Enduring bonds of friendship

Posted Jun 10, 2019

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Daily Scripture

1 Samuel 18:1-4; 20:1-4, 30-33, 41-42

1 As soon as David had finished talking with Saul, Jonathan’s life became bound up with David’s life, and Jonathan loved David as much as himself. 2 From that point forward, Saul kept David in his service and wouldn’t allow him to return to his father’s household. 3 And Jonathan and David made a covenant together because Jonathan loved David as much as himself. 4 Jonathan took off the robe he was wearing and gave it to David, along with his armor, as well as his sword, his bow, and his belt.

1 David fled from the camps at Ramah. He came to Jonathan and asked, “What have I done? What is my crime? How have I wronged your father that he wants me dead?”

2 Jonathan said to him, “No! You are not going to die! Listen: My father doesn’t do anything big or small without telling me first. Why would my father hide this from me? It isn’t true!”

3 But David solemnly promised in response, “Your father knows full well that you like me. He probably said, ‘Jonathan must not learn about this or he’ll be upset.’ But I promise you—on the Lord’s life and yours!—that I am this close to death!”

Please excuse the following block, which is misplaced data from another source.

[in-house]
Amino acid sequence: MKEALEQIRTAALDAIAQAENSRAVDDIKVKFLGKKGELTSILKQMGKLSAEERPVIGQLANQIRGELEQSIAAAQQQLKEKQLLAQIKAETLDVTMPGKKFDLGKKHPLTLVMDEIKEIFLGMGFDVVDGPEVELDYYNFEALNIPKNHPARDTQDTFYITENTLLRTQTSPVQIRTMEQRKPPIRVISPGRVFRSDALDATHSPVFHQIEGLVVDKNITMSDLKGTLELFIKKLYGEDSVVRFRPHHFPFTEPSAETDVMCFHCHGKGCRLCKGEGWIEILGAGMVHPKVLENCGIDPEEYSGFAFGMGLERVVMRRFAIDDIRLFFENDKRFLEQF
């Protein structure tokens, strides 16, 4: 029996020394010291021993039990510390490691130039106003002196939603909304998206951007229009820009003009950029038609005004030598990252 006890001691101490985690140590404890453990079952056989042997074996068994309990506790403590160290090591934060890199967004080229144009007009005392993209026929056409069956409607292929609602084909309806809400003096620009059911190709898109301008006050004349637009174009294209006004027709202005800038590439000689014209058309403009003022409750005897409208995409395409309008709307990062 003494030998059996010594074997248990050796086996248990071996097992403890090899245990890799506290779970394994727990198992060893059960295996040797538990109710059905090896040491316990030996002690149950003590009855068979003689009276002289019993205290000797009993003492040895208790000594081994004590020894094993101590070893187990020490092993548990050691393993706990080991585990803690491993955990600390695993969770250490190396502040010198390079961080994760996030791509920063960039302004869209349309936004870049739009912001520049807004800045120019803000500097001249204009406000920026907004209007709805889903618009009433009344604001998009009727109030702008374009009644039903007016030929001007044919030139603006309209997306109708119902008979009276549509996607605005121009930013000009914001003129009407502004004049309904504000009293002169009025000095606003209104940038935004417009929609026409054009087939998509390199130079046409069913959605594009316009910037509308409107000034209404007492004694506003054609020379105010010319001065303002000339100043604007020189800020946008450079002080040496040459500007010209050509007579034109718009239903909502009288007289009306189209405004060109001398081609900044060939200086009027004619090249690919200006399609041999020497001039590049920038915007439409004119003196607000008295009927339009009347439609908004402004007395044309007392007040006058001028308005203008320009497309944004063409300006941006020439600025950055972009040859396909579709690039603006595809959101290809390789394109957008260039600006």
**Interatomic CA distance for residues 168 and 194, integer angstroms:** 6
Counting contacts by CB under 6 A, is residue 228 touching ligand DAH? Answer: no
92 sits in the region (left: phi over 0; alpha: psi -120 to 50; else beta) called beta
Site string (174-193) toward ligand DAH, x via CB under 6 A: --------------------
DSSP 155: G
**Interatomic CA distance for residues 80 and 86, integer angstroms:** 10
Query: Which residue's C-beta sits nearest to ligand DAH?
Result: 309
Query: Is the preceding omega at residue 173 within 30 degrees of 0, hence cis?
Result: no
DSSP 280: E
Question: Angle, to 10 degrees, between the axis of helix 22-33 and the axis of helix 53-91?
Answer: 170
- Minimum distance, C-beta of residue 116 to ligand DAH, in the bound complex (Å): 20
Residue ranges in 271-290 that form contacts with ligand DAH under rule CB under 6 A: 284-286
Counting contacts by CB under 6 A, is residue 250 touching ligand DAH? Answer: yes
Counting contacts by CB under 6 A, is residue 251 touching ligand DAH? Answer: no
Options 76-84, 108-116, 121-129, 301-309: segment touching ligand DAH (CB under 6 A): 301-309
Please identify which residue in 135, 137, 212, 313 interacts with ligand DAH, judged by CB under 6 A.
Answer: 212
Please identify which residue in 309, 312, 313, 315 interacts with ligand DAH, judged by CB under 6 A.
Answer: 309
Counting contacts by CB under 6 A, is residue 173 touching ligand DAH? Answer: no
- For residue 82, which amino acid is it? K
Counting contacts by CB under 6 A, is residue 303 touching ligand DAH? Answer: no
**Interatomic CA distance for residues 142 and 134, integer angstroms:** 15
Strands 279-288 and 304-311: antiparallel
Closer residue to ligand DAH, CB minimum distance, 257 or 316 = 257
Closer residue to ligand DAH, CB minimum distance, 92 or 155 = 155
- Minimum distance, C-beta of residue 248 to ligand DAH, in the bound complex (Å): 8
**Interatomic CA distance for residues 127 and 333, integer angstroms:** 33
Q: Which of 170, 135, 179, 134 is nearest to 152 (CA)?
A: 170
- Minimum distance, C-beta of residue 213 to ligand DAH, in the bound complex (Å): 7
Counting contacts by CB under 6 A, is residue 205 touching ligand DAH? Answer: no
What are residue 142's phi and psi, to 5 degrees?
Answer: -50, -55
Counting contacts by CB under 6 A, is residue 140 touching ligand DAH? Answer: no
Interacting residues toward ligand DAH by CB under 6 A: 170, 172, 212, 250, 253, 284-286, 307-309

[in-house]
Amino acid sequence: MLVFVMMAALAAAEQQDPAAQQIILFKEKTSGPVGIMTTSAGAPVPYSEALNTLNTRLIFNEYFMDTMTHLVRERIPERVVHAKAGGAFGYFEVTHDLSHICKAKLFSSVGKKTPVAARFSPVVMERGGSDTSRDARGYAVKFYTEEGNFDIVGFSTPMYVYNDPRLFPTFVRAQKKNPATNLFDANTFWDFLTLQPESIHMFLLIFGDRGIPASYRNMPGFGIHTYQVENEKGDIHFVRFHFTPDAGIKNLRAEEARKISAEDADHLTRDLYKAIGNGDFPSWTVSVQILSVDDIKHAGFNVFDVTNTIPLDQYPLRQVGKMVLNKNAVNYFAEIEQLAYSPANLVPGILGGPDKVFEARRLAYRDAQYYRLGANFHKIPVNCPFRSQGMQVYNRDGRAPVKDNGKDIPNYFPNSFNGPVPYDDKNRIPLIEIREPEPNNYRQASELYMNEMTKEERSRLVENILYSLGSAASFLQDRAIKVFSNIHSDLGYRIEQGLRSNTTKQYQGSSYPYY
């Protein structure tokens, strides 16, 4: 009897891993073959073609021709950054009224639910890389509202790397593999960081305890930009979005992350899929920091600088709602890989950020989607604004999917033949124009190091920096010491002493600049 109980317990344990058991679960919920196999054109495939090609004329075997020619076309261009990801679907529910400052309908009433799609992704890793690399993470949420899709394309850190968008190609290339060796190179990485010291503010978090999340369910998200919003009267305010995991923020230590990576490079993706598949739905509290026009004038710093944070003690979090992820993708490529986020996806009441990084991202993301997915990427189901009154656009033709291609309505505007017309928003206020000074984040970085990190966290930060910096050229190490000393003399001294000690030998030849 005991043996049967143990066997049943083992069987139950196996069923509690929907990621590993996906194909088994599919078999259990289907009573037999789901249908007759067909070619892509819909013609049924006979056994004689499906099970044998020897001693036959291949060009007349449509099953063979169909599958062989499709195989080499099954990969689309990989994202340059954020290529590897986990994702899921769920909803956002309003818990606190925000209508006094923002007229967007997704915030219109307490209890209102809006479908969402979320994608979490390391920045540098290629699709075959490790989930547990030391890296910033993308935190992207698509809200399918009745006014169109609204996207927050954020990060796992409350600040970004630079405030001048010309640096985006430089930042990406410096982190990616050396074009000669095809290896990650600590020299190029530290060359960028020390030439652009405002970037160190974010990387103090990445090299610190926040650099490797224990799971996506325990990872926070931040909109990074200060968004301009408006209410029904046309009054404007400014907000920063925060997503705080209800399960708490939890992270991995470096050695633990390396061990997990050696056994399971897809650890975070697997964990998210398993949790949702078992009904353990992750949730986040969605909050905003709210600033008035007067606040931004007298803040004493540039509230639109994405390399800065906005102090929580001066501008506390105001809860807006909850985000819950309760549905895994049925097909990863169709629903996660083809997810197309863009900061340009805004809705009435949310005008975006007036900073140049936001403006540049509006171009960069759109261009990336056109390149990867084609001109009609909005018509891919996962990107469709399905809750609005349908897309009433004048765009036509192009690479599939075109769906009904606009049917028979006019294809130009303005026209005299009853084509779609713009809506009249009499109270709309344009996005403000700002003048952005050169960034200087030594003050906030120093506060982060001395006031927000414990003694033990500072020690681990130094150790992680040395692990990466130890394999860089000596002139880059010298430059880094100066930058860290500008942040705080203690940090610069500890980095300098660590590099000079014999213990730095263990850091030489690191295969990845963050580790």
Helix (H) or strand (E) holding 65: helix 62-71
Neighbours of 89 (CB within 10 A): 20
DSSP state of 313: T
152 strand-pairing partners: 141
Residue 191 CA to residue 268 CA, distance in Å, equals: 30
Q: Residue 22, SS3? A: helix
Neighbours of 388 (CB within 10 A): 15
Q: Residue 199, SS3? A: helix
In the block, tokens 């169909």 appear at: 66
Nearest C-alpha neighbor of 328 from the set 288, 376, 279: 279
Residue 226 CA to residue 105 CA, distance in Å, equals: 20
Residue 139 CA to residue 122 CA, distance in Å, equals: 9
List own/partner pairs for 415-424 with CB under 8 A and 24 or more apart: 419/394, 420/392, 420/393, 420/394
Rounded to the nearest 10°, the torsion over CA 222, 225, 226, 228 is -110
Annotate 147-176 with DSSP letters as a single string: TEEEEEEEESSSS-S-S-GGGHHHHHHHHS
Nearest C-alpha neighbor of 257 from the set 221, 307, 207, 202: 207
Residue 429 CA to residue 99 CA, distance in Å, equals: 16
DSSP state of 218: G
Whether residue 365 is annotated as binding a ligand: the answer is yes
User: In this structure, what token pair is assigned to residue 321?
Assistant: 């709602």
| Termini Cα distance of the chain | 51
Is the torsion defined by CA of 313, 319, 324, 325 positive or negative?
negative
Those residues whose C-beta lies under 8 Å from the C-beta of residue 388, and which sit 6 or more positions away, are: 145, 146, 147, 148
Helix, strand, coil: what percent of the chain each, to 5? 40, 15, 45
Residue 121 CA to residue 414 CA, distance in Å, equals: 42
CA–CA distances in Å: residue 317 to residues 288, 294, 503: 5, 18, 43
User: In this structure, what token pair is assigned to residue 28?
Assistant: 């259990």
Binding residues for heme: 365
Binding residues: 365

4 “What do you want me to do?” Jonathan said to David. “I’ll do it.”

30 At that, Saul got angry at Jonathan. “You son of a stubborn, rebellious woman!” he said. “Do you think I don’t know how you’ve allied yourself with Jesse’s son? Shame on you and on the mother who birthed you! 31 As long as Jesse’s son lives on this earth, neither you nor your dynasty will be secure. Now have him brought to me because he’s a dead man!”

32 But Jonathan answered his father Saul, “Why should David be executed? What has he done?”

33 At that, Saul threw his spear at Jonathan to strike him, and Jonathan realized that his father intended to kill David.

41 As soon as the boy was gone, David came out from behind the mound and fell down, face on the ground, bowing low three times. The friends kissed each other, and cried with each other, but David cried hardest. 42 Then Jonathan said to David, “Go in peace because the two of us made a solemn pledge in the Lord’s name when we said, ‘The Lord is witness between us and between our descendants forever.’” Then David got up and left, but Jonathan went back to town.

Reflection Questions

Woody: Besides, when it's all over, I have Buzz Lightyear to keep me company, for infinity and beyond. *

Woody and Buzz—friends for infinity and beyond. In Bible history, most of us know something about Israel’s King David, but fewer know about his close friend Jonathan. “Eldest son of King Saul by his only wife (1 Sa. 14:49–50), he was his father’s heir, which makes his loyalty and affection for David, who succeeded Saul, the more wonderful (1 Sa. 20:31)….his loyalty to David, however, was made more difficult because it conflicted with his filial duty to and affection for Saul, his father and sovereign.” **